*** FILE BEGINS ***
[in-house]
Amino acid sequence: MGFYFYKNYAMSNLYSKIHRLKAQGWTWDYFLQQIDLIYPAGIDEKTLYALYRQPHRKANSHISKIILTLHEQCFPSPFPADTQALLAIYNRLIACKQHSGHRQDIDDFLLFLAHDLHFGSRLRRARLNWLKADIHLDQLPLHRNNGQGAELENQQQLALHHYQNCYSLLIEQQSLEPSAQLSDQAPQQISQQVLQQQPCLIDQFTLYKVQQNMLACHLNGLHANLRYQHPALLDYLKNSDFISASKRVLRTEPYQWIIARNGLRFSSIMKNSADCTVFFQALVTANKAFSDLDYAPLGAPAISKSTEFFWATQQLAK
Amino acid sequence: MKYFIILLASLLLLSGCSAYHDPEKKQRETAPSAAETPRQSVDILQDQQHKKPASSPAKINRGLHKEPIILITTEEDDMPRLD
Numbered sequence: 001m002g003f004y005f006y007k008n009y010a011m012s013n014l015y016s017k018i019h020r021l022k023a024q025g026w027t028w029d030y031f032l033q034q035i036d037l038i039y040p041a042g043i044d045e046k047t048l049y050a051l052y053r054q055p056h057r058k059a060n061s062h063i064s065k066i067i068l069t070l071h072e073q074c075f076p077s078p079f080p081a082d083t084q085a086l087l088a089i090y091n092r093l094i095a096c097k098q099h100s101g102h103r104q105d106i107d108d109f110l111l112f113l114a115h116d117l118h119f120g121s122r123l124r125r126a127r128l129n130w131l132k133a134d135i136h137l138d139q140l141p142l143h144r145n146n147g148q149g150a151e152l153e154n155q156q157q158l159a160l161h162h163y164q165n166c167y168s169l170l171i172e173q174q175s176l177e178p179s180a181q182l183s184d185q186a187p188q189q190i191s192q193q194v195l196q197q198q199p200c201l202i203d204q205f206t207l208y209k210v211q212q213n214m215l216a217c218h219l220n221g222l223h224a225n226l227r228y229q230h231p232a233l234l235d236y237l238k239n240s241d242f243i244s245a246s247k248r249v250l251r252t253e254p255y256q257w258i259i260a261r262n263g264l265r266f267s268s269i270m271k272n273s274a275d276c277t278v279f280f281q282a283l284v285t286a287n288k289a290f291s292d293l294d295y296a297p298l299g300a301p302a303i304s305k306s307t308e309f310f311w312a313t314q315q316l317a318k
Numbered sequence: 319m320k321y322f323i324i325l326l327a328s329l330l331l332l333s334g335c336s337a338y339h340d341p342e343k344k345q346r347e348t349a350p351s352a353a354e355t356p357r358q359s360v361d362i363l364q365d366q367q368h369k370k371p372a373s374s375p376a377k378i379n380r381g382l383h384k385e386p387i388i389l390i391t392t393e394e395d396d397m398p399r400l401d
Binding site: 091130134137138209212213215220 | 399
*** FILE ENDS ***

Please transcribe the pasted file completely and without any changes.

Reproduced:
[in-house]
Amino acid sequence: MGFYFYKNYAMSNLYSKIHRLKAQGWTWDYFLQQIDLIYPAGIDEKTLYALYRQPHRKANSHISKIILTLHEQCFPSPFPADTQALLAIYNRLIACKQHSGHRQDIDDFLLFLAHDLHFGSRLRRARLNWLKADIHLDQLPLHRNNGQGAELENQQQLALHHYQNCYSLLIEQQSLEPSAQLSDQAPQQISQQVLQQQPCLIDQFTLYKVQQNMLACHLNGLHANLRYQHPALLDYLKNSDFISASKRVLRTEPYQWIIARNGLRFSSIMKNSADCTVFFQALVTANKAFSDLDYAPLGAPAISKSTEFFWATQQLAK
Amino acid sequence: MKYFIILLASLLLLSGCSAYHDPEKKQRETAPSAAETPRQSVDILQDQQHKKPASSPAKINRGLHKEPIILITTEEDDMPRLD
Numbered sequence: 001m002g003f004y005f006y007k008n009y010a011m012s013n014l015y016s017k018i019h020r021l022k023a024q025g026w027t028w029d030y031f032l033q034q035i036d037l038i039y040p041a042g043i044d045e046k047t048l049y050a051l052y053r054q055p056h057r058k059a060n061s062h063i064s065k066i067i068l069t070l071h072e073q074c075f076p077s078p079f080p081a082d083t084q085a086l087l088a089i090y091n092r093l094i095a096c097k098q099h100s101g102h103r104q105d106i107d108d109f110l111l112f113l114a115h116d117l118h119f120g121s122r123l124r125r126a127r128l129n130w131l132k133a134d135i136h137l138d139q140l141p142l143h144r145n146n147g148q149g150a151e152l153e154n155q156q157q158l159a160l161h162h163y164q165n166c167y168s169l170l171i172e173q174q175s176l177e178p179s180a181q182l183s184d185q186a187p188q189q190i191s192q193q194v195l196q197q198q199p200c201l202i203d204q205f206t207l208y209k210v211q212q213n214m215l216a217c218h219l220n221g222l223h224a225n226l227r228y229q230h231p232a233l234l235d236y237l238k239n240s241d242f243i244s245a246s247k248r249v250l251r252t253e254p255y256q257w258i259i260a261r262n263g264l265r266f267s268s269i270m271k272n273s274a275d276c277t278v279f280f281q282a283l284v285t286a287n288k289a290f291s292d293l294d295y296a297p298l299g300a301p302a303i304s305k306s307t308e309f310f311w312a313t314q315q316l317a318k
Numbered sequence: 319m320k321y322f323i324i325l326l327a328s329l330l331l332l333s334g335c336s337a338y339h340d341p342e343k344k345q346r347e348t349a350p351s352a353a354e355t356p357r358q359s360v361d362i363l364q365d366q367q368h369k370k371p372a373s374s375p376a377k378i379n380r381g382l383h384k385e386p387i388i389l390i391t392t393e394e395d396d397m398p399r400l401d
Binding site: 091130134137138209212213215220 | 399